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    3. Sounds like you should be safe in terms of the glass, and now you've totally got me curious about building regulations there. Here, if you're gonna do any meaningful project you have to pull a permit from the city and an inspector has to come out and make sure everything you've done is up to code. I've flown under the radar with a few DIY projects, so hopefully there won't be any issues if I ever decide to sell the house!

      Anyhow, here in Colorado most homes including mine have gas forced air heating with air ducts into each room. There are some older buildings - like the music school where I used to work, that have steam heat which uses radiators, but they don't look anything like the ones in your picture. The older ones are usually big cast iron things like this:
      http://www.energystories.org/Images/Heat%20Radiator.jpg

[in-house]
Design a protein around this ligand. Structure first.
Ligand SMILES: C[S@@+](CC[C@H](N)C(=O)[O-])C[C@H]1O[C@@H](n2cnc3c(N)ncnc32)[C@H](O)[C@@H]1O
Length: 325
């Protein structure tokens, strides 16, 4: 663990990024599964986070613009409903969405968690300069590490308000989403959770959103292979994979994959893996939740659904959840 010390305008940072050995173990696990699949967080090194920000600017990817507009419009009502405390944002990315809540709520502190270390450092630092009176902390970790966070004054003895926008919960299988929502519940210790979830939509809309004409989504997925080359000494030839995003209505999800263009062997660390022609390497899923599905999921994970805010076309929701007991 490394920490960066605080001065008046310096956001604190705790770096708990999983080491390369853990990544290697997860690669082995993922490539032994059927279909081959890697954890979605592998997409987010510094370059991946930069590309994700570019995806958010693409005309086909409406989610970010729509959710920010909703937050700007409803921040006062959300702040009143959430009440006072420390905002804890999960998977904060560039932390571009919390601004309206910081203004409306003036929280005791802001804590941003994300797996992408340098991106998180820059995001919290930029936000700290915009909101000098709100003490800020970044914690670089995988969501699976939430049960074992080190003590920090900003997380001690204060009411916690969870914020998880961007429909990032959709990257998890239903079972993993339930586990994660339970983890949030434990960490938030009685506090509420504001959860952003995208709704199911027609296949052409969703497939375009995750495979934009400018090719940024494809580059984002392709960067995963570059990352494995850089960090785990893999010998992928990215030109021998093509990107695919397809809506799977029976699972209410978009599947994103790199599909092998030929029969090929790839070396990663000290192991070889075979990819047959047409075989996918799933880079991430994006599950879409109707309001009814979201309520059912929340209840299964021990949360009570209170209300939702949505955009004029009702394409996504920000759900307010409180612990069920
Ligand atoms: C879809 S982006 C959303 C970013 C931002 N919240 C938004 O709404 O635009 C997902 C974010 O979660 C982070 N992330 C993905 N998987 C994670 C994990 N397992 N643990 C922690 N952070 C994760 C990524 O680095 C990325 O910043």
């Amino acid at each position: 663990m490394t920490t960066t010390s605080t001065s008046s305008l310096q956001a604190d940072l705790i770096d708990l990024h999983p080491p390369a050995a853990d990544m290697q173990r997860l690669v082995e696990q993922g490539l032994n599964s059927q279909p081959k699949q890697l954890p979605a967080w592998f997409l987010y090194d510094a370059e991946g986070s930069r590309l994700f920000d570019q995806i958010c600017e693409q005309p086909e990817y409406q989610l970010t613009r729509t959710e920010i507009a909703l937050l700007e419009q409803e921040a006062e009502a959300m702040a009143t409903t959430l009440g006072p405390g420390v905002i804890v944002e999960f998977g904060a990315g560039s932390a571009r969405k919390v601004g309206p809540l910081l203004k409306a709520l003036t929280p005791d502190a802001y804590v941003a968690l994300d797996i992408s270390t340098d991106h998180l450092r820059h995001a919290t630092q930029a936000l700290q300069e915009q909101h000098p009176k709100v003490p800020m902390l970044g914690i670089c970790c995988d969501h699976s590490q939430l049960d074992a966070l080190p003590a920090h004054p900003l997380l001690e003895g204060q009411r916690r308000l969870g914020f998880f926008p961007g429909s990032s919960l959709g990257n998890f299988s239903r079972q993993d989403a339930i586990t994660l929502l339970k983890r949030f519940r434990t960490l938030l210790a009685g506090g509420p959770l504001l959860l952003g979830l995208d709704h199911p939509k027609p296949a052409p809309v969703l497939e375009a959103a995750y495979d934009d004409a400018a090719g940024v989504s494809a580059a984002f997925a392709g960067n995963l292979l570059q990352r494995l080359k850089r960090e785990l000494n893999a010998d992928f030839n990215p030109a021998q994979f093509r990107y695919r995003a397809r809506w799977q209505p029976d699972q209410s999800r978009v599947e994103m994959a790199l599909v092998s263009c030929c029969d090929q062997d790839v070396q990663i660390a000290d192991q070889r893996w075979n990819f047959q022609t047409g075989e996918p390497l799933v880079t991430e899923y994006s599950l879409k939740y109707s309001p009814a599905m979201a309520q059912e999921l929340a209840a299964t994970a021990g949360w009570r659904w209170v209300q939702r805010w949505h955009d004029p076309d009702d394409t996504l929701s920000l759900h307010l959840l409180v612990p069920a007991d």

And the newer ones usually run along the baseboard like this:
      http://i.ehow.com/images/a05/f5/gu/troubleshooting-baseboard-heaters-800x800.jpg

      Some parts of the country (usually back east and up north) they use "heating oil" but I'm not really sure how those systems work - don't know if the oil is used to heat water or air or what.

      I've often thought that one of those systems with water running under the floor like you installed would be the way to go. Just the thought of having warm floors in the winter time sounds wonderful! But I wonder how water based systems work in the summer. Do you just shut off the boiler? Seems like you'd have to or else you'd have a big tank of hot water radiating heat into an already overheated space. In the music school we had three giant boilers in the basement - and for some reason we had to let them run all summer so the room next to them was like an OVEN!